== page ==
Honourable Mention: The Vancouver Sun, 1) for a series of articles on excessive distribution, prescription and consumption of legal drugs in Canada. The articles led the provincial government to ban the drug company practice of using the drug-prescription records of physicians to try to boost sales. 2) for an enquiry which led to the uncovering of the "Bingogate" scandal and the reimbursement, to 58 Nanaimo charities, of bingo proceeds skimmed by a now-defunct society directed by a senior member of the NDP provincial party.
Citations of Merit were awarded to:
Canadian Press, for a story about a disease as lethal as the AIDS virus which caused the tainted blood scandal - the Kreutzfeldt-Jacob brain disease, revealed at the Krever enquiry into tainted blood - which led to the largest recall of blood products in Canadian history.
The Toronto Star, for a series of stories uncovering gross government mismanagement, profiteering, theft, conflict of interest, and wasted dollars in the multi-million housing program for poor and middle-class Ontarians, which was cut by the current government.
The Province, Vancouver, for a series of articles by reporters Lora Grindlay and Ann Rees trying to explain why so many mentally-ill people are living in crisis on Vancouver streets. It documented the jailing of thousands lacking adequate mental illness treatment. The six-part series called "Madness on our Streets" focused on the government decision to reduce facilities at the only provincial tertiary care mental institution. Public support for the series was considerable and the government halted the reduction of services.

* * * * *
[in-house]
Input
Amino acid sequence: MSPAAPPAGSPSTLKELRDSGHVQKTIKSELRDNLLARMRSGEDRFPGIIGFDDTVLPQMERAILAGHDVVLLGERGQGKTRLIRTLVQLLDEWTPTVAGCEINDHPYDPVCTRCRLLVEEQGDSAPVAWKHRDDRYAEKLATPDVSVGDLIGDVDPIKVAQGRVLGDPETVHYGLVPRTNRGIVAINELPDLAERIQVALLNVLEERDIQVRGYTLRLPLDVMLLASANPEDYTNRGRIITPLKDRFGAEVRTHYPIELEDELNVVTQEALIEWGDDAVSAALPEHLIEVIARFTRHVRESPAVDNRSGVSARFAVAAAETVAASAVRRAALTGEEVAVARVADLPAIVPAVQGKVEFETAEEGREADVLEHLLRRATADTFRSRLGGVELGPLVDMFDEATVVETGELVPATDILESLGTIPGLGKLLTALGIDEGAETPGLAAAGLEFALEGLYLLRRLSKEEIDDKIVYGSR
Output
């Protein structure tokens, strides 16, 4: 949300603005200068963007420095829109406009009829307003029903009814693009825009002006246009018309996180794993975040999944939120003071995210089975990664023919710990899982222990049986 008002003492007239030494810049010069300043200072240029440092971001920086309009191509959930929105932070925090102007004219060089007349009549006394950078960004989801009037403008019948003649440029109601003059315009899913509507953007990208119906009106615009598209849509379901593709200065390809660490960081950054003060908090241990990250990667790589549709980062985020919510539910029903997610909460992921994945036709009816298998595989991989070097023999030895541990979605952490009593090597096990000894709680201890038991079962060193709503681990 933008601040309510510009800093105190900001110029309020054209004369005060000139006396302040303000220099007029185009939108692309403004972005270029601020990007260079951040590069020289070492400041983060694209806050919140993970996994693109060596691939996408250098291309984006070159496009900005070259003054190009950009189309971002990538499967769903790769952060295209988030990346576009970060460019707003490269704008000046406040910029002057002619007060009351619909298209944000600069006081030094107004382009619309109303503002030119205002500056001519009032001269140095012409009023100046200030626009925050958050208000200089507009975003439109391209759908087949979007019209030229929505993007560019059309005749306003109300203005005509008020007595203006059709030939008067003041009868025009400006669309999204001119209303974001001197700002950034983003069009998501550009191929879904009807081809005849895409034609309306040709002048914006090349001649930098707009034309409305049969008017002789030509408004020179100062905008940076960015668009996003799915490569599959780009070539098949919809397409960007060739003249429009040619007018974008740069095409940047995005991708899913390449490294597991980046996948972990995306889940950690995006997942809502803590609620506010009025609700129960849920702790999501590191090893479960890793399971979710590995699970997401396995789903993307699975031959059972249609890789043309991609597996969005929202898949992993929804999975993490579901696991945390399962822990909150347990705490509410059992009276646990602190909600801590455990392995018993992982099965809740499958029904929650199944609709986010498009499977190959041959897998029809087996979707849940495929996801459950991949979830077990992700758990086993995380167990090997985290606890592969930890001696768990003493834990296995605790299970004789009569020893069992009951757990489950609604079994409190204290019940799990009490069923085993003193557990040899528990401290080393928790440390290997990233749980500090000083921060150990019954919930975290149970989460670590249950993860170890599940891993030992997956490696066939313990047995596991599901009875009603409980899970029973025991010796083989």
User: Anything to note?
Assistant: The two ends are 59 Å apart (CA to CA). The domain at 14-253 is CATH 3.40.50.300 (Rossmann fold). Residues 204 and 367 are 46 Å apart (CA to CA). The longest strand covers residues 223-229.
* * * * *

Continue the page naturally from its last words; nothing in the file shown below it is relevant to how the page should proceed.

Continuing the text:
Judges for the 1995 Michener Award:
Jeannine Locke, former journalist with the Saskatoon Star-Phoenix, the Ottawa Citizen, and the Toronto Star; now-retired CBC film-maker; Marilyn MacDonald, former Atlantic provinces magazine and CBC journalist, former director of public relations at Dalhousie University, Halifax; Arch MacKenzie former Ottawa bureau chief of the Canadian Press and the Toronto Star (Chair of the judging Panel); Kevin Peterson former publisher of the Calgary Herald; Guy Rondeau, former bureau chief, La Presse Canadienne, Montreal.
Judges for the 1996 Fellowship:
The Honourable D. Keith Davey, Senator (Chair of the Judging Panel); Sandy Baird, former publisher, The Kitchener-Waterloo Record; Françoise Coté, Quebec author and journalist; Barry Mullin, former ombudsman, Winnipeg Free Press, now journalism lecturer at the University of Winnipeg; Jodi White, Vice-President of Corporate Affairs at Imasco Limited, Chair of the Public Policy Forum.
The Michener Award, founded in 1970 by the late Right Honourable Roland Michener, then Governor General, goes to a news organization. The judges' decisions are heavily influenced by the degree of public benefit generated by the print and broadcast projects submitted for consideration.